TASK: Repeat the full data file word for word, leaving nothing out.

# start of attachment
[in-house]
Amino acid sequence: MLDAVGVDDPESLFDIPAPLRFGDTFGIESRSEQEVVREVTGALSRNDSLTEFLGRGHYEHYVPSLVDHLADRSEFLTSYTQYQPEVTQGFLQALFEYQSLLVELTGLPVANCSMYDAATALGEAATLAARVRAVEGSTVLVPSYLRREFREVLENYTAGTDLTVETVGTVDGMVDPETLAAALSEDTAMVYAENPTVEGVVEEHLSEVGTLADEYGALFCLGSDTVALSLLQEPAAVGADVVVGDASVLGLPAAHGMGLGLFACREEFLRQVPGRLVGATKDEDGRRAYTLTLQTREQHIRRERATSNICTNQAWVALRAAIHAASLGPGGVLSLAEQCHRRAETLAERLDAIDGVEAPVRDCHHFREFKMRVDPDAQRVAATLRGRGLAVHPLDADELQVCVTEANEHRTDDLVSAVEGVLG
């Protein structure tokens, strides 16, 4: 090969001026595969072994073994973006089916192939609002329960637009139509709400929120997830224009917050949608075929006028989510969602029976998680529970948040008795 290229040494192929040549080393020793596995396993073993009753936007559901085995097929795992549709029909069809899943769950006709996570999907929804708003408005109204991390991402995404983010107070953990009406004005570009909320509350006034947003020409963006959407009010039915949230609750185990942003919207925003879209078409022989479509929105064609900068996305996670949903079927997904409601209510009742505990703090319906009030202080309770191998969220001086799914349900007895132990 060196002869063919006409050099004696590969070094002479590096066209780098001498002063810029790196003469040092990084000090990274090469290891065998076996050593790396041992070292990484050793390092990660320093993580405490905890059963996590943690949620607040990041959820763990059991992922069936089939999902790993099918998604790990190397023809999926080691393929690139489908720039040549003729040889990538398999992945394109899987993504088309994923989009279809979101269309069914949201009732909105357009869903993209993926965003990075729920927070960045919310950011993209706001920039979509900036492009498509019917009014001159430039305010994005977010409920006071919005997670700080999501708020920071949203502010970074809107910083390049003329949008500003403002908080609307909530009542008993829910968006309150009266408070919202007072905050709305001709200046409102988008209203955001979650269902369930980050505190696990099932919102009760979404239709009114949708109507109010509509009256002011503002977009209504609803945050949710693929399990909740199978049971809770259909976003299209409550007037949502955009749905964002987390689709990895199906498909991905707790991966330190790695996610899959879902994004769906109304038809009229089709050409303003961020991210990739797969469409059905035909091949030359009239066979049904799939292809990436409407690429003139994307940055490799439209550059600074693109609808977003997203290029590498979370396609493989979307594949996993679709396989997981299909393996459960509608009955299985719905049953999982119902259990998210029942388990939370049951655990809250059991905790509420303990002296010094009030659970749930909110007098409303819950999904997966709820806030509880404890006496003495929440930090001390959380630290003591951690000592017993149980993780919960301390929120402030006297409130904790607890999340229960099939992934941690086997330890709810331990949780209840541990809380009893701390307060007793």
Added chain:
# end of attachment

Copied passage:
[in-house]
Amino acid sequence: MLDAVGVDDPESLFDIPAPLRFGDTFGIESRSEQEVVREVTGALSRNDSLTEFLGRGHYEHYVPSLVDHLADRSEFLTSYTQYQPEVTQGFLQALFEYQSLLVELTGLPVANCSMYDAATALGEAATLAARVRAVEGSTVLVPSYLRREFREVLENYTAGTDLTVETVGTVDGMVDPETLAAALSEDTAMVYAENPTVEGVVEEHLSEVGTLADEYGALFCLGSDTVALSLLQEPAAVGADVVVGDASVLGLPAAHGMGLGLFACREEFLRQVPGRLVGATKDEDGRRAYTLTLQTREQHIRRERATSNICTNQAWVALRAAIHAASLGPGGVLSLAEQCHRRAETLAERLDAIDGVEAPVRDCHHFREFKMRVDPDAQRVAATLRGRGLAVHPLDADELQVCVTEANEHRTDDLVSAVEGVLG
């Protein structure tokens, strides 16, 4: 090969001026595969072994073994973006089916192939609002329960637009139509709400929120997830224009917050949608075929006028989510969602029976998680529970948040008795 290229040494192929040549080393020793596995396993073993009753936007559901085995097929795992549709029909069809899943769950006709996570999907929804708003408005109204991390991402995404983010107070953990009406004005570009909320509350006034947003020409963006959407009010039915949230609750185990942003919207925003879209078409022989479509929105064609900068996305996670949903079927997904409601209510009742505990703090319906009030202080309770191998969220001086799914349900007895132990 060196002869063919006409050099004696590969070094002479590096066209780098001498002063810029790196003469040092990084000090990274090469290891065998076996050593790396041992070292990484050793390092990660320093993580405490905890059963996590943690949620607040990041959820763990059991992922069936089939999902790993099918998604790990190397023809999926080691393929690139489908720039040549003729040889990538398999992945394109899987993504088309994923989009279809979101269309069914949201009732909105357009869903993209993926965003990075729920927070960045919310950011993209706001920039979509900036492009498509019917009014001159430039305010994005977010409920006071919005997670700080999501708020920071949203502010970074809107910083390049003329949008500003403002908080609307909530009542008993829910968006309150009266408070919202007072905050709305001709200046409102988008209203955001979650269902369930980050505190696990099932919102009760979404239709009114949708109507109010509509009256002011503002977009209504609803945050949710693929399990909740199978049971809770259909976003299209409550007037949502955009749905964002987390689709990895199906498909991905707790991966330190790695996610899959879902994004769906109304038809009229089709050409303003961020991210990739797969469409059905035909091949030359009239066979049904799939292809990436409407690429003139994307940055490799439209550059600074693109609808977003997203290029590498979370396609493989979307594949996993679709396989997981299909393996459960509608009955299985719905049953999982119902259990998210029942388990939370049951655990809250059991905790509420303990002296010094009030659970749930909110007098409303819950999904997966709820806030509880404890006496003495929440930090001390959380630290003591951690000592017993149980993780919960301390929120402030006297409130904790607890999340229960099939992934941690086997330890709810331990949780209840541990809380009893701390307060007793």
Added chain: